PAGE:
It seems that the founders of Protestantism found it advantageous to reject the Septuagint because of passages in the deuterocanonicals which support Catholic doctrine. Specifically, they took objection to the Second Book of Maccabees 12:45-46, which shows that the ancient Jews prayed for the dead.
Remarkably, Martin Luther took the further step of condemning a handful of New-Testament books on doctrinal grounds as well. He despised the Letter of James, for example, for its teaching “that a man is justified by works and not by faith alone” (2:24). In addition to James, which he called “an epistle of straw,” Luther also rejected the Second Letter of Peter, the Second and Third Letters of John, Saint Paul’s Letter to the Hebrews, and the Book of Revelation.
The Catholic Church acknowledges the Holy Bible’s authority, though she does not regard it as the sole authority, as Luther did.
The Church’s reverence for the Bible historically is undeniable.
Following the establishment of the Canon, Pope Damasus commissioned Saint Jerome (d. 420), the greatest biblical scholar of his day and perhaps of all time, to translate the Bible into Latin so that it could be read universally.1
The Bible was preserved through the Middle Ages by Catholic monks, who reproduced it by hand one letter at a time. Sections of the Bible were first translated into English by Saint Bede the Venerable, a Catholic priest, in the eighth century.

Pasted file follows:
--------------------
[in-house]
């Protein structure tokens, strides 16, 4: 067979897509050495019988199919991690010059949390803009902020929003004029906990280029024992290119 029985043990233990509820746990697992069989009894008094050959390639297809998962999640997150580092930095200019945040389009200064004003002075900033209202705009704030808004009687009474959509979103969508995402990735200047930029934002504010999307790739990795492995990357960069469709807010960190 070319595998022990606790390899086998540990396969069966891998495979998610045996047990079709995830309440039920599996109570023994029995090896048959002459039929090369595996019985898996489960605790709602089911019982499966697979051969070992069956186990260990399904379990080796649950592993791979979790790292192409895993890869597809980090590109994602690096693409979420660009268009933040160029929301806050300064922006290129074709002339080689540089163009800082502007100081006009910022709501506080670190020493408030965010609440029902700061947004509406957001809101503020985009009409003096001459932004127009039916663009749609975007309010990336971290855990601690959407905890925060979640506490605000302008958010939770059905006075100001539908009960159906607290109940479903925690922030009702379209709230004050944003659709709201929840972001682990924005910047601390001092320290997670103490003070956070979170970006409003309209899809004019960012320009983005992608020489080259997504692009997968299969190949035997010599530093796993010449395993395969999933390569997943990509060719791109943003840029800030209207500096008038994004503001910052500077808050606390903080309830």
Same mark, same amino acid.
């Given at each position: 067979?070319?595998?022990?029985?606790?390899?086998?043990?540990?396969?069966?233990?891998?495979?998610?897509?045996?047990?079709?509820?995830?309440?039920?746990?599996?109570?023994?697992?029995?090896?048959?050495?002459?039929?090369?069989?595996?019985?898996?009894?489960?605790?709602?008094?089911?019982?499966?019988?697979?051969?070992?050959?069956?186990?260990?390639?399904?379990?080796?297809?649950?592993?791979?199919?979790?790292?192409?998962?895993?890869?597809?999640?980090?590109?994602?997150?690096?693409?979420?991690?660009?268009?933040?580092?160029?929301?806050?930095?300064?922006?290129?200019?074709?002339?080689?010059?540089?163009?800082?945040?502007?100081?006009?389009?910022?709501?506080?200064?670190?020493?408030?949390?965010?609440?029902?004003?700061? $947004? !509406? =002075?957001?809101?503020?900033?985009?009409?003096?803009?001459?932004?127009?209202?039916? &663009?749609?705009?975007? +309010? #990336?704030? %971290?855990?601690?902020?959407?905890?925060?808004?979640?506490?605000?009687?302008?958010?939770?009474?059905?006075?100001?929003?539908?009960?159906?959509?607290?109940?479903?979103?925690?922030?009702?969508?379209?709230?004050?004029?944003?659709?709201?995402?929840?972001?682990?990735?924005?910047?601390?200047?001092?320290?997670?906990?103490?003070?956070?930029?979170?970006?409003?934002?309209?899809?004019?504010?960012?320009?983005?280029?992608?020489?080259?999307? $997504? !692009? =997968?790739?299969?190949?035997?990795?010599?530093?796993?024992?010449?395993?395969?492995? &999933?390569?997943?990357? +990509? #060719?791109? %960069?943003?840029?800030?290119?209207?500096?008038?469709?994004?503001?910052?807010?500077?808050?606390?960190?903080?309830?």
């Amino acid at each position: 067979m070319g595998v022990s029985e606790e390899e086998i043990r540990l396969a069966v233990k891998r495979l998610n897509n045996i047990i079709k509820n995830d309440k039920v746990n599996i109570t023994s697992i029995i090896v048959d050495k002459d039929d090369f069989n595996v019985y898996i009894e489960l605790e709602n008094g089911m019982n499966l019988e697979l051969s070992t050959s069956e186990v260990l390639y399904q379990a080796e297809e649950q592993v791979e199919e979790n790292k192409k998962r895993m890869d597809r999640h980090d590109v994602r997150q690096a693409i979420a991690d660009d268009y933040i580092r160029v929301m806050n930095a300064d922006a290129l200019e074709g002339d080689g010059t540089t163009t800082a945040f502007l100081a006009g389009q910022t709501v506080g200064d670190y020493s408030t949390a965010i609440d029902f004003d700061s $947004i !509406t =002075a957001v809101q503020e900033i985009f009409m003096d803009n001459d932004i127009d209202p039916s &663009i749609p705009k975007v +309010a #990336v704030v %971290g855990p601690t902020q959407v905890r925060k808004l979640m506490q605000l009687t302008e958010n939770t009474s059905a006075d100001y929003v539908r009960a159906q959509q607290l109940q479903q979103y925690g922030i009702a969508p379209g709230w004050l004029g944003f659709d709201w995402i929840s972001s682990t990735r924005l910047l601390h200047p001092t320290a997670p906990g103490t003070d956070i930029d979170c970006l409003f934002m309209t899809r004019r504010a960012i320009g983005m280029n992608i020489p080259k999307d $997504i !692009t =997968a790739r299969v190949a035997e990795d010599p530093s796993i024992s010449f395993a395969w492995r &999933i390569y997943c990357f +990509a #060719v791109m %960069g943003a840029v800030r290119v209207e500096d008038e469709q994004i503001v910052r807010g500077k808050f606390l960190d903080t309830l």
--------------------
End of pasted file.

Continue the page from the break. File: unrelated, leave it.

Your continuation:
The books of the Bible were divided into chapters in 1207 by Stephen Langton, the Catholic Archbishop of Canterbury. The first printed Bible was produced around 1452 by Johann Gutenberg, the Catholic inventor of movable type. Gutenberg’s Bible included the deuterocanonical books as did the original Authorized or King James Version in 1611.
The Bible was translated by the Catholic Church into German and many other languages well before Luther’s time. In fact, Kevin Orlin Johnson noted in his book, Why Do Catholics Do That?
“The oldest German document of any kind is a translation of the Bible done in 381 by a monk named Ulfilas; he translated it into Gothic, which is what German was back then. You often hear that Martin Luther was the first to liberate the Bible from the Church’s grasp and give it to a Scripture-starved people, but that’s obviously nonsense. Since Ulfilas, there had been more than a thousand years of manuscript German-language Bibles, and at least twenty-one printed German editions (by Cardinal Gibbon’s count) before Luther.” (Why Do Catholics Do That?, Ballantine Books, 1995, p. 24, n.)